Social media increasingly important, local business leaders informed

Groton - Business people need to develop a social media strategy in a multimedia world that is constantly evolving, panelists said Thursday during the annual Groton Business Update program held this year by the Groton Business Association at the Hilton Garden Inn.

While Facebook is still the leader of the pack in terms of social media, according to consultant Rita Rivera, other digital services are gaining traction, including Twitter, Instagram, Pinterest and Vine.

"If you can be on all of them, that's great," said Rivera, who owns New London-based Love & Pop Design + Communications. "But if not, pick one and do it well."

Victor Tary, digital advertising manager of The Westerly Sun, said it pays to be on social media sites that correspond with the demographics of one's customers. Facebook, he said, is seeing the largest increase in users among the over-45 crowd, while Instagram, according to 18-year-old Westerly High School student Rob Trebiasacci, is more popular among the younger set.

You have to ask, said Tary, "Who are you going to catch, and what is the platform you're going to use to catch them?"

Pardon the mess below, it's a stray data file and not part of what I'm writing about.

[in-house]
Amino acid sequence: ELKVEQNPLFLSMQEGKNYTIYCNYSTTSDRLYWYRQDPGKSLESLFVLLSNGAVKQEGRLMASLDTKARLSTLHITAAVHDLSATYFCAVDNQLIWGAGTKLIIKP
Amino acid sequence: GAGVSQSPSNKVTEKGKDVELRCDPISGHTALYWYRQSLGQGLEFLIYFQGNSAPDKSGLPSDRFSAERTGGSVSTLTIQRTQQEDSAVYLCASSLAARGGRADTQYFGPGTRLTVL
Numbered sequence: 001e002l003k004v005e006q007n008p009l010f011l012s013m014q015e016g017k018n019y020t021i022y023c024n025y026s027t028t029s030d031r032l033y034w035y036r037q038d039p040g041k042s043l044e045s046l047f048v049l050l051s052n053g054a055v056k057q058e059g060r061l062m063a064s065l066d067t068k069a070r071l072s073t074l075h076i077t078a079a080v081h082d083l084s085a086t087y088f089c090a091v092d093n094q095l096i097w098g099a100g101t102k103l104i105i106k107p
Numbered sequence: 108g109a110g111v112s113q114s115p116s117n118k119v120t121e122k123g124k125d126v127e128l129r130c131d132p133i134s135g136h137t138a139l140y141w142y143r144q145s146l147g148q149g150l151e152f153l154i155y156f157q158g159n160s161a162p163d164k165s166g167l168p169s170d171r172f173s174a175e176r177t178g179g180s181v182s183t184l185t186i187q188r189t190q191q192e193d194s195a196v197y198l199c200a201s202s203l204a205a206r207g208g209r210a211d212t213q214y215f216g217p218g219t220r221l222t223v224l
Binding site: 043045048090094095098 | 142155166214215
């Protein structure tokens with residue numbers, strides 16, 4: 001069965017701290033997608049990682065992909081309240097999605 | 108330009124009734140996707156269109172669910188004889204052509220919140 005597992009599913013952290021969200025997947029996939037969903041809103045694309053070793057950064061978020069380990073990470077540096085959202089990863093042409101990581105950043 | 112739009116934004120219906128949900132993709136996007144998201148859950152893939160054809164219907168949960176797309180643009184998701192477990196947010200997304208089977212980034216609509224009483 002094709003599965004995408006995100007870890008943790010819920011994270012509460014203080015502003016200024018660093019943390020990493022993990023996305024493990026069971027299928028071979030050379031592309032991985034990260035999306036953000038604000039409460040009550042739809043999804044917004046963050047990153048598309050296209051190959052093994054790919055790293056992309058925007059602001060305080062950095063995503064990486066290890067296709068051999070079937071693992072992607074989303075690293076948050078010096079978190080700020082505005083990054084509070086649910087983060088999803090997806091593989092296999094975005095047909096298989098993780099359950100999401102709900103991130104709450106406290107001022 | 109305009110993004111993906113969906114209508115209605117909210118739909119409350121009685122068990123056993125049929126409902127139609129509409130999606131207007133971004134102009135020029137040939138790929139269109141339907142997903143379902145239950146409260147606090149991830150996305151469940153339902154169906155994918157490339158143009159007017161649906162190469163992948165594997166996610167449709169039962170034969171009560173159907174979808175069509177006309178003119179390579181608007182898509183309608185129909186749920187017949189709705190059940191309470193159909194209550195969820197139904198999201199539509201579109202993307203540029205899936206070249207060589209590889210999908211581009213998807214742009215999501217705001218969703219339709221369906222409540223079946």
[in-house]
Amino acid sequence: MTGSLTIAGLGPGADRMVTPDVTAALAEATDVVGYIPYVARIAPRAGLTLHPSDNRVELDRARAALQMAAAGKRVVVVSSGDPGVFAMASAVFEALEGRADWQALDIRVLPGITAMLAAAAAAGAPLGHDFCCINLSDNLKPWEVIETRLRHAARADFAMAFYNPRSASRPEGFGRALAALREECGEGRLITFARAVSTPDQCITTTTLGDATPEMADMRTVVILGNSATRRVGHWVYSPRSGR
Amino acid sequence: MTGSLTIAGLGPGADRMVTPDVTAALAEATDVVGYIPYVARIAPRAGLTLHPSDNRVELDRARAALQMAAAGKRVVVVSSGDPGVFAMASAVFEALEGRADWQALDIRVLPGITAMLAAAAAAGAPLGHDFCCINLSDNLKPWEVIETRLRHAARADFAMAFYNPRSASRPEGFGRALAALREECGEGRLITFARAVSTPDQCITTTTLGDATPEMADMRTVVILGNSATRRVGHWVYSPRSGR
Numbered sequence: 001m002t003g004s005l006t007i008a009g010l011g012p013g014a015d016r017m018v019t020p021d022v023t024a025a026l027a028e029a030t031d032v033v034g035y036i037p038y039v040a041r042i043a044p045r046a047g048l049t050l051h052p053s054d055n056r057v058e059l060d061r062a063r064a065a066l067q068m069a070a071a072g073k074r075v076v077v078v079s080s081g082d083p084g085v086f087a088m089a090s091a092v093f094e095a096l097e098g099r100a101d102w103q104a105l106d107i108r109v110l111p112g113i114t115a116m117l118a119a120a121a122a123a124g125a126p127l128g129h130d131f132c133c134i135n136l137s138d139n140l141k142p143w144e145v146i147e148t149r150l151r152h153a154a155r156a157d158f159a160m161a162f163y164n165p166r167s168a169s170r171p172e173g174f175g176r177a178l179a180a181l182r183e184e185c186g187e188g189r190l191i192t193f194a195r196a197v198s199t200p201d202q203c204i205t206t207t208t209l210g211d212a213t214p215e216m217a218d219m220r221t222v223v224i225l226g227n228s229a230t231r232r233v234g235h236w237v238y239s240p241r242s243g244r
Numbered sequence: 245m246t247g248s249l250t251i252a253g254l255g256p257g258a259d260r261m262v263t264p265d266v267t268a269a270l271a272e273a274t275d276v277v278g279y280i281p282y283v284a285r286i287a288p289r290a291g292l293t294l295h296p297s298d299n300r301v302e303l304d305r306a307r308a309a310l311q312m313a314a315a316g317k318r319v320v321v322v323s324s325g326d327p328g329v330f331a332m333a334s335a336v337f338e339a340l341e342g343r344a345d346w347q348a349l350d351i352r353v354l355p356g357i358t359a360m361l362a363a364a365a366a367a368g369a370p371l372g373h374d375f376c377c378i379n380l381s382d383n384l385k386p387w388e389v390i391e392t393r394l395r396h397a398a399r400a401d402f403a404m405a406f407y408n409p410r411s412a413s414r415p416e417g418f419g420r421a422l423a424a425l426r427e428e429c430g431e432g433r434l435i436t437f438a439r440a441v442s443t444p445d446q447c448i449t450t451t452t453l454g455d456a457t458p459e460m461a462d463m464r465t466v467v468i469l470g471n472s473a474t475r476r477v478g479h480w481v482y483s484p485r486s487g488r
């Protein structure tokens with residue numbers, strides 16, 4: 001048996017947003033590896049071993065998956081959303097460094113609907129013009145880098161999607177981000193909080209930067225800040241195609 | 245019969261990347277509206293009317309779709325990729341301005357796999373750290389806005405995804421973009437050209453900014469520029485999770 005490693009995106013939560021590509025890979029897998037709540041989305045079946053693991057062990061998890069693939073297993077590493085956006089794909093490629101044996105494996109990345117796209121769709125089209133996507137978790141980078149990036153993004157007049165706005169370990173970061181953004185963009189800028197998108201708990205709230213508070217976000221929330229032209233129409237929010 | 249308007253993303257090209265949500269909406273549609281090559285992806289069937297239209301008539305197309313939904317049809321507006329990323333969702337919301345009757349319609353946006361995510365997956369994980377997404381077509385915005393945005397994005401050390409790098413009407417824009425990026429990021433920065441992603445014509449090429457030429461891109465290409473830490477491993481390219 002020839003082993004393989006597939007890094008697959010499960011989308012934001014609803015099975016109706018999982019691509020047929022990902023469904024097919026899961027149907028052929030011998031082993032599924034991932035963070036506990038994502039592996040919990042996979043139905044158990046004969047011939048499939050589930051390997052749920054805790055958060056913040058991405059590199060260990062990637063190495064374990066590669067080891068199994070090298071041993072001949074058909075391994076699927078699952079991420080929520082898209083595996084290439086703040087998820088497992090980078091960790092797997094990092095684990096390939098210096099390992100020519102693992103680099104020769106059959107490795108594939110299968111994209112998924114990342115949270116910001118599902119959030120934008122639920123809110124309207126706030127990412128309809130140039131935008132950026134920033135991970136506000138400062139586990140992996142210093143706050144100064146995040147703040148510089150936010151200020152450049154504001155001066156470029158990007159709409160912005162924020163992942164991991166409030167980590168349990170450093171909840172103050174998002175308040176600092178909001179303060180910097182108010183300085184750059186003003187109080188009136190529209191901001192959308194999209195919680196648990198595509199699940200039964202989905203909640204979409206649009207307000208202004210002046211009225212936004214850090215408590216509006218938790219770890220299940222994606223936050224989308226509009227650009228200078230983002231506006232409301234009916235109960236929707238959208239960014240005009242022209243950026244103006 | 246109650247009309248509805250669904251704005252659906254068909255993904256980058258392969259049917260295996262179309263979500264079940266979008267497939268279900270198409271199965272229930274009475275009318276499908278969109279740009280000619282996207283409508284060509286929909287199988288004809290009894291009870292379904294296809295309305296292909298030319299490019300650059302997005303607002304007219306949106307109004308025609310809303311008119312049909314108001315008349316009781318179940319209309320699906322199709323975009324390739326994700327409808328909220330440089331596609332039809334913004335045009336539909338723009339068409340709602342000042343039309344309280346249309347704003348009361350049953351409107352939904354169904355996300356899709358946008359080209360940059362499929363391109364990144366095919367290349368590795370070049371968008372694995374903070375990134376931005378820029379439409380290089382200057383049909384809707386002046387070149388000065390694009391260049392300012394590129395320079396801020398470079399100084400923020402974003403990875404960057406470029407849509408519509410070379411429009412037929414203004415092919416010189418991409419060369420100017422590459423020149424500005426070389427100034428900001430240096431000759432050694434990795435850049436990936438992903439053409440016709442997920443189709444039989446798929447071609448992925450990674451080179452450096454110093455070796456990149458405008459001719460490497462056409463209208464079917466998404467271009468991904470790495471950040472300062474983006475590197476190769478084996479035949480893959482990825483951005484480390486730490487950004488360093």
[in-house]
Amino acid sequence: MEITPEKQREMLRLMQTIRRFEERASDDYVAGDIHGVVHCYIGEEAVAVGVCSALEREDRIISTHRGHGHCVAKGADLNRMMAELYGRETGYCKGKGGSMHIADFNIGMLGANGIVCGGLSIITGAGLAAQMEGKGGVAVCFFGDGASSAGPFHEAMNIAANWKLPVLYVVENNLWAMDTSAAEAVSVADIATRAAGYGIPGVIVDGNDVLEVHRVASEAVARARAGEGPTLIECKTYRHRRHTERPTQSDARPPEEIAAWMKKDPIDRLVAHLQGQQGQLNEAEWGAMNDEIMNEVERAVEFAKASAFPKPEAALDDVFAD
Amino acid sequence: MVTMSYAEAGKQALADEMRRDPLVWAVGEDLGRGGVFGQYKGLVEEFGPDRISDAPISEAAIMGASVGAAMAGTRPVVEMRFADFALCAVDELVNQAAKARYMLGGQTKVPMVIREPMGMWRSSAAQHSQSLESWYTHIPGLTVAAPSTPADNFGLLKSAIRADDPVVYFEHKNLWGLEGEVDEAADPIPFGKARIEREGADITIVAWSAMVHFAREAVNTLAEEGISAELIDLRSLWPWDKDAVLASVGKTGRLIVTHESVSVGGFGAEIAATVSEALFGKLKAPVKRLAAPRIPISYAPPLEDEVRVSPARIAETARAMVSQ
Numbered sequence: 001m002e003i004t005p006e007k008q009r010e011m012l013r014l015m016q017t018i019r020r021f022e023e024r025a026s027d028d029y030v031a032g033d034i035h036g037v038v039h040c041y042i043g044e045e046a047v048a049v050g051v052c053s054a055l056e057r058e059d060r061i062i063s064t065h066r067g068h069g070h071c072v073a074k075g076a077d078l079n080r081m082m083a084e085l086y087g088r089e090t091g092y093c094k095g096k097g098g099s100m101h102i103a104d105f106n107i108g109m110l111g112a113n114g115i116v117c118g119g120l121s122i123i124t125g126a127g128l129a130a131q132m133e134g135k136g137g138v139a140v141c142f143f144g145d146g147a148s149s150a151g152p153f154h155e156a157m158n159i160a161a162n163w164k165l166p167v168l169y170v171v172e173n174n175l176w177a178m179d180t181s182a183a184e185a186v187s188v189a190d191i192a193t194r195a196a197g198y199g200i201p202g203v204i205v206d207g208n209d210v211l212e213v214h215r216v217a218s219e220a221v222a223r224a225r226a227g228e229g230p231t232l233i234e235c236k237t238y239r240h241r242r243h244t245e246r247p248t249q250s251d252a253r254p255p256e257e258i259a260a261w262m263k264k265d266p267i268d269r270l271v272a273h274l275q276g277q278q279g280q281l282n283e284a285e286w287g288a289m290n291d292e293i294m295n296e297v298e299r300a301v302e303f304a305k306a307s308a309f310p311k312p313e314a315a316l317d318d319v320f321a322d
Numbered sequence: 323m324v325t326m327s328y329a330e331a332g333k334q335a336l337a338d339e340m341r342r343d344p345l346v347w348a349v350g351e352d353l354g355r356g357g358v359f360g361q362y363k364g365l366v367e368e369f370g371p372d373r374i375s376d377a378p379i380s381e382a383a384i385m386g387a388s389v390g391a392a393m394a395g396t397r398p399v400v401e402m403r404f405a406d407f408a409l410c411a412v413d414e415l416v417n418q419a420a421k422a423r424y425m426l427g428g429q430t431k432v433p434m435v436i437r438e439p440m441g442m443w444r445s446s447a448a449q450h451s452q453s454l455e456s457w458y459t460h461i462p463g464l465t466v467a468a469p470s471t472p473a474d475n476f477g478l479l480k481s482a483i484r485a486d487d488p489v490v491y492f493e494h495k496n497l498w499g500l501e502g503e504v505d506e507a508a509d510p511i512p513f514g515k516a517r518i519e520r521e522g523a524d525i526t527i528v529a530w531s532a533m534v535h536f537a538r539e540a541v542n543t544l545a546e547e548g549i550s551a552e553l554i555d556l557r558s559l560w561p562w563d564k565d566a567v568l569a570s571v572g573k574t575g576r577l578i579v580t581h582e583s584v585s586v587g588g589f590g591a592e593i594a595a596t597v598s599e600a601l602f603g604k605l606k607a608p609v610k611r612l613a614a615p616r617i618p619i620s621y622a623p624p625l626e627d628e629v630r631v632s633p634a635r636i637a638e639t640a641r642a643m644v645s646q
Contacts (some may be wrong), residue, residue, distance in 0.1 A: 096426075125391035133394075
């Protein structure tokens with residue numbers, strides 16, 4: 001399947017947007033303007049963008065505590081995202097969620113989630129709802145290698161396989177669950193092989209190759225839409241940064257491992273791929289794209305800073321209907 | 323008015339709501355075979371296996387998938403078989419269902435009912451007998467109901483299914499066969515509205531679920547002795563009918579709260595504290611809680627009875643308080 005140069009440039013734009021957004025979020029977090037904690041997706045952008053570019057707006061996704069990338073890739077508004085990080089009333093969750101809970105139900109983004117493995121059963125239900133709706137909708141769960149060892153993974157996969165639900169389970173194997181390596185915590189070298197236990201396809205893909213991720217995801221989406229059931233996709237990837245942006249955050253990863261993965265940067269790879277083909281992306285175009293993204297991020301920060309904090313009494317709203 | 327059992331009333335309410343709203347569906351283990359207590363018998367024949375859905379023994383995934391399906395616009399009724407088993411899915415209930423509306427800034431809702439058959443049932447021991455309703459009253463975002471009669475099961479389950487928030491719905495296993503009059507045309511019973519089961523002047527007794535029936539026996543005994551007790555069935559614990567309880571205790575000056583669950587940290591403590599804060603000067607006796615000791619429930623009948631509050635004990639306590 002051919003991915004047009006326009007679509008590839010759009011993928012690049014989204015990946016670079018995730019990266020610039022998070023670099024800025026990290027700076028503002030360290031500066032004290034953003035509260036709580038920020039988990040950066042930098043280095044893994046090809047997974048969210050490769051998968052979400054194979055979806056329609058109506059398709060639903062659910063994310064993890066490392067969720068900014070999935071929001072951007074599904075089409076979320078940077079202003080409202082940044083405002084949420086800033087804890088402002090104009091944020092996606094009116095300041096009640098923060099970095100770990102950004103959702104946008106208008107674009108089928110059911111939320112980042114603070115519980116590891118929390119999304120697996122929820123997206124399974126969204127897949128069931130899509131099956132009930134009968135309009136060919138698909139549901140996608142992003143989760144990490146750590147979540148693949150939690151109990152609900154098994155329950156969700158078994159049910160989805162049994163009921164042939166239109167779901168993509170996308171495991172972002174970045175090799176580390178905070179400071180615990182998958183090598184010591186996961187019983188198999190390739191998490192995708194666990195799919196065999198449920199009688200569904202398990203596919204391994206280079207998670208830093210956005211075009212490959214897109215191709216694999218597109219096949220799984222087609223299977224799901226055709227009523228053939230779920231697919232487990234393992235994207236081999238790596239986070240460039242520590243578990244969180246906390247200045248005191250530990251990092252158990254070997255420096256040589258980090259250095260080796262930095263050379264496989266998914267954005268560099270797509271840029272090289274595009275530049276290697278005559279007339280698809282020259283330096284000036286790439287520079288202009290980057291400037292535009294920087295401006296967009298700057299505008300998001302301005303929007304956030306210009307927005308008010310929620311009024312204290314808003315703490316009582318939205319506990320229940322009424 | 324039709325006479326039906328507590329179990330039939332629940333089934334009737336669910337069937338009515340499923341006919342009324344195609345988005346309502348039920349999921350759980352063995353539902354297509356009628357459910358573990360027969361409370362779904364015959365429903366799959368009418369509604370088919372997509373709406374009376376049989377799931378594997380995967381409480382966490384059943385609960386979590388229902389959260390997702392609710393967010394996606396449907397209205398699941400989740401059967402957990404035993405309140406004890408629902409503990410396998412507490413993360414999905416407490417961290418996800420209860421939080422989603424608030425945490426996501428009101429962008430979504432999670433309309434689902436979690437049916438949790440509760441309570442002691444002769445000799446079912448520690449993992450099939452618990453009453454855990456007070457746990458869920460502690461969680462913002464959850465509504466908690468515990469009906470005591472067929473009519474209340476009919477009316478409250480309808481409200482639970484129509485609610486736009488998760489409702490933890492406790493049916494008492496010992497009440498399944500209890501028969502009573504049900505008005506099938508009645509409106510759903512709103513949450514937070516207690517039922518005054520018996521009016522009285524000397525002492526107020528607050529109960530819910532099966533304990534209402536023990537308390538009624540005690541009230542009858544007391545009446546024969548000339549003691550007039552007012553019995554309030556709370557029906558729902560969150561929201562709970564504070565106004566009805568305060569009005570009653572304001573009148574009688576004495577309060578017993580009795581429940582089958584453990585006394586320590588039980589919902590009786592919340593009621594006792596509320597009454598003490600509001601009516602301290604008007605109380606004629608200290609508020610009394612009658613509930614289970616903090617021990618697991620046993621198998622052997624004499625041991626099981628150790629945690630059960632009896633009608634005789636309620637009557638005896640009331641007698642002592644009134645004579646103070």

Bence Strickland, custom publications and tourism manager for The Day, said that devising a strategy is one thing, but in today's multimedia world follow-up is essential to determine what works. He pointed to a successful campaign to recruit students for Norwich Free Academy that employed a variety of marketing tactics that were revised as often as every 30 days to see what worked.

For NFA, the solution included print advertising in The Day's weekly publications that target individual towns, he said.

"Print still works, radio still works, television still works," Strickland said. "Just putting it out to the masses wasn't getting them their return."

Meagan Seacor, director of marketing and community relations for the region's Wireless Zone stores, said direct push notifications of special deals through smartphones also can be effective, generating an almost instant response.

"It's all about staying connected," she said.

And when it comes to social media, that kind of closeness comes with a cost, because some customers are going to complain about a business online.

The best way to deal with complaints, Rivera said, is to admit online that there is a problem, apologize and then ask to talk to the customer privately to work out a way to make up for the bad experience.

"It's very important to be professional and not lash back," Rivera said. "Once it's out there, it's out there."

l.howard@theday.com

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